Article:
But I was drawn in by the title, which was something I have been thinking of for a while. I realize that while I have access to a wealth of information because of the existence of the search engine, information that I am also able to freely share with others at the drop of a hat, I am really not getting any smarter because of this. It is questionable whether the amount of information that I can retain in my mind, and the kind of critical thinking that is crucial to my intelligence, have really been helped. In fact, because of the easy availability of information, I might be less inclined to try to figure things out, and even retain information. After all, why would I bother deriving the area of regular dodecagon when needed when all I need to do is look it up on the Internet.
via Google’s search algorithms act as our brains—but what are they trying to get us to think? — Quartz
The dramatic headline “The FCC is going to war over set-top boxes” brought back memories of the time I was dealing with regulatory issues in the world of entertainment. I think some things will never change as long as there is big money involved and there exists the institution of lobbying. The battle to change the existing paradigm regarding processing and delivery of entertainment content to consumer eyes from signals that are delivered to the home by the cable companies, and to a certain extent satellite TV companies, has been ongoing for years. It is the traditional television content delivery guys trying to protect their turf against the home entertainment guys who want to expand the reach of their systems and control how the consumers interface with the cable TV guy’s signals. If you think that the opposition to the current cable TV signal handling paradigm in the home comes from organizations that are trying to protect the consumer and have their goodwill at heart, think again. It is companies like Google and Sony who are on the other side, with their own business interests at heart.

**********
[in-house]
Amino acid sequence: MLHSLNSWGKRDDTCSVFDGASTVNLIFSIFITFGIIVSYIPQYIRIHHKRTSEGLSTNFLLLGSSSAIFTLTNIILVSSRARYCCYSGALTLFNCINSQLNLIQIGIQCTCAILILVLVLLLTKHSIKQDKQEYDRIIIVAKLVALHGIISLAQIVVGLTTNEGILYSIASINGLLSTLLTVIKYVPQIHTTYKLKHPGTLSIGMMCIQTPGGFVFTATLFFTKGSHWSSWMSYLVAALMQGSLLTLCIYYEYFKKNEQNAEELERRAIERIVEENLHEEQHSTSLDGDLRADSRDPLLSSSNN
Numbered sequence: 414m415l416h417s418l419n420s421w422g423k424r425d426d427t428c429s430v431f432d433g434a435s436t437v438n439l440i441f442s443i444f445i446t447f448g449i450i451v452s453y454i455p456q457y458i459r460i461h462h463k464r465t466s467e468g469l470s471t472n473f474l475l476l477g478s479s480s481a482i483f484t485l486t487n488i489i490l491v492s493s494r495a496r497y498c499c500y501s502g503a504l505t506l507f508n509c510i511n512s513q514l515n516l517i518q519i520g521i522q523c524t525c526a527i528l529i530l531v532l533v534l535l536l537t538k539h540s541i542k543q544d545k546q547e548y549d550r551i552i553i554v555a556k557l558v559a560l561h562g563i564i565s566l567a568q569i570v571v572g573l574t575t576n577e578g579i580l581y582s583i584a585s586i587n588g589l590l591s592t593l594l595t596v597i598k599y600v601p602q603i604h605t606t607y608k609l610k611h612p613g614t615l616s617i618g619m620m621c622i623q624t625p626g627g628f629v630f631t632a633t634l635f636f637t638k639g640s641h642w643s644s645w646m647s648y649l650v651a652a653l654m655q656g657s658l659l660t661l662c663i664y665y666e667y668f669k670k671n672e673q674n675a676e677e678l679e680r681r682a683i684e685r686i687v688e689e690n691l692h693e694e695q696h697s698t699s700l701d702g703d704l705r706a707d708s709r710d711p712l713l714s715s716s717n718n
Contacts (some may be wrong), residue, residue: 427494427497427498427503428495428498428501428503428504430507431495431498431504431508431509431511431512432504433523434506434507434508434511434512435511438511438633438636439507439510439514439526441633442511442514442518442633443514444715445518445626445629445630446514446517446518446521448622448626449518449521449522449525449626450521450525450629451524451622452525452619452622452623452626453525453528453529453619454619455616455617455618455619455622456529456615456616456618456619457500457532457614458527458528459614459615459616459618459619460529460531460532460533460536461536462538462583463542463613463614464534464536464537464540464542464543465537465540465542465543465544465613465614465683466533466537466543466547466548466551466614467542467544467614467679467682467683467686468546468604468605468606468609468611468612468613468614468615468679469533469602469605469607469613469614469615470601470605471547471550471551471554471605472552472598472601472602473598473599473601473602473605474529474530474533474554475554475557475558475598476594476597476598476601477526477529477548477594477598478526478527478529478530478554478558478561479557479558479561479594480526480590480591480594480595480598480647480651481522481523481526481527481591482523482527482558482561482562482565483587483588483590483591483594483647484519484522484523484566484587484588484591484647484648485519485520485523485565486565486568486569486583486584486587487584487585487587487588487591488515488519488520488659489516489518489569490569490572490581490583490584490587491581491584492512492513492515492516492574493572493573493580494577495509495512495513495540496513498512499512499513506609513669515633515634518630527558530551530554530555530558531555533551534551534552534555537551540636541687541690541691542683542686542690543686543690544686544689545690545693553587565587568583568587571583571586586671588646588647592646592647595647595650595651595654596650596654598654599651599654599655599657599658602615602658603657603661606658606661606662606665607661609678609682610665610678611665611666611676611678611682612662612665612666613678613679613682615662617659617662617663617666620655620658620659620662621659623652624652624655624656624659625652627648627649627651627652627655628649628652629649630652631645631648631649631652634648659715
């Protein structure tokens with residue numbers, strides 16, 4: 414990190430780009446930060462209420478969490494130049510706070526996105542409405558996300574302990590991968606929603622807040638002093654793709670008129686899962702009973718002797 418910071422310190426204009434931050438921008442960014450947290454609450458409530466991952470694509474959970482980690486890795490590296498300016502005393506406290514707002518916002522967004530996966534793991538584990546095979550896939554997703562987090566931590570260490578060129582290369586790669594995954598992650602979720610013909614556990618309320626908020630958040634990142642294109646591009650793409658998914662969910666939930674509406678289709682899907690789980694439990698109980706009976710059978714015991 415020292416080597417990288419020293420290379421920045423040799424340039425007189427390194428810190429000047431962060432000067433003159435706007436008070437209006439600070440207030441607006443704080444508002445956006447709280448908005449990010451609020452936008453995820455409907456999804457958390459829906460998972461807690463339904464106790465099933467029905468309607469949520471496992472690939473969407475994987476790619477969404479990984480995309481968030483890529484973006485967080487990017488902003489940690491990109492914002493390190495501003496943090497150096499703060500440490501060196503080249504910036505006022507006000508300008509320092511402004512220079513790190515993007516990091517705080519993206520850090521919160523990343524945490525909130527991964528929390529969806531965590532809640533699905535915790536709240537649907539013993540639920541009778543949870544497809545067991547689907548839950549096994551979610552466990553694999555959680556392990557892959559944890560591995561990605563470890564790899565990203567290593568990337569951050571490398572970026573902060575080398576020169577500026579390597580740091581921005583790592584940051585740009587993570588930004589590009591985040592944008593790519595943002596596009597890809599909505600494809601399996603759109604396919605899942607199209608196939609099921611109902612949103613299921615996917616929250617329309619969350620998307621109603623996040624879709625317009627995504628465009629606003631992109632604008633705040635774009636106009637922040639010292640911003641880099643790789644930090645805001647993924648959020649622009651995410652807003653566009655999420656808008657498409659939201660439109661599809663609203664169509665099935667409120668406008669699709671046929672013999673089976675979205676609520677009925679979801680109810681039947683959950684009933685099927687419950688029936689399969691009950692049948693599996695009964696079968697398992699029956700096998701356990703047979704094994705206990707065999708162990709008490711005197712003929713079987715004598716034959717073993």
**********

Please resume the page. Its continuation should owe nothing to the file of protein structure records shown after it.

It is all about business and money at the end of the day. And I have to throw up my hands and laugh at the absurdity of all of it, because all of this fuss, and the use of significant monetary resources, is about entertainment and the distraction of the population, something far removed from the more basic needs of the people at large. While reading the article above I came upon this video from John Oliver from a long while back on the topic of Net Neutrality. It is dated at this point but still hilarious!
There is another battle well underway in parallel in the entertainment world where the forces of business are trying to change the way entertainment actually gets into your home. Companies like Netflix and Amazon actually deliver entertainment content via the Internet, which is of course a very non-traditional approach to doing things. Considering that the Internet Service Providers (ISPs) are almost always the cable companies themselves, this leads to the development of interesting business strategies by the cable companies to try to optimize return to their shareholders, all of which is supported by suitable lobbying of the government that is hoped to result in regulatory regimes that benefit one company or the other.
For heaven’s sake, it is only entertainment!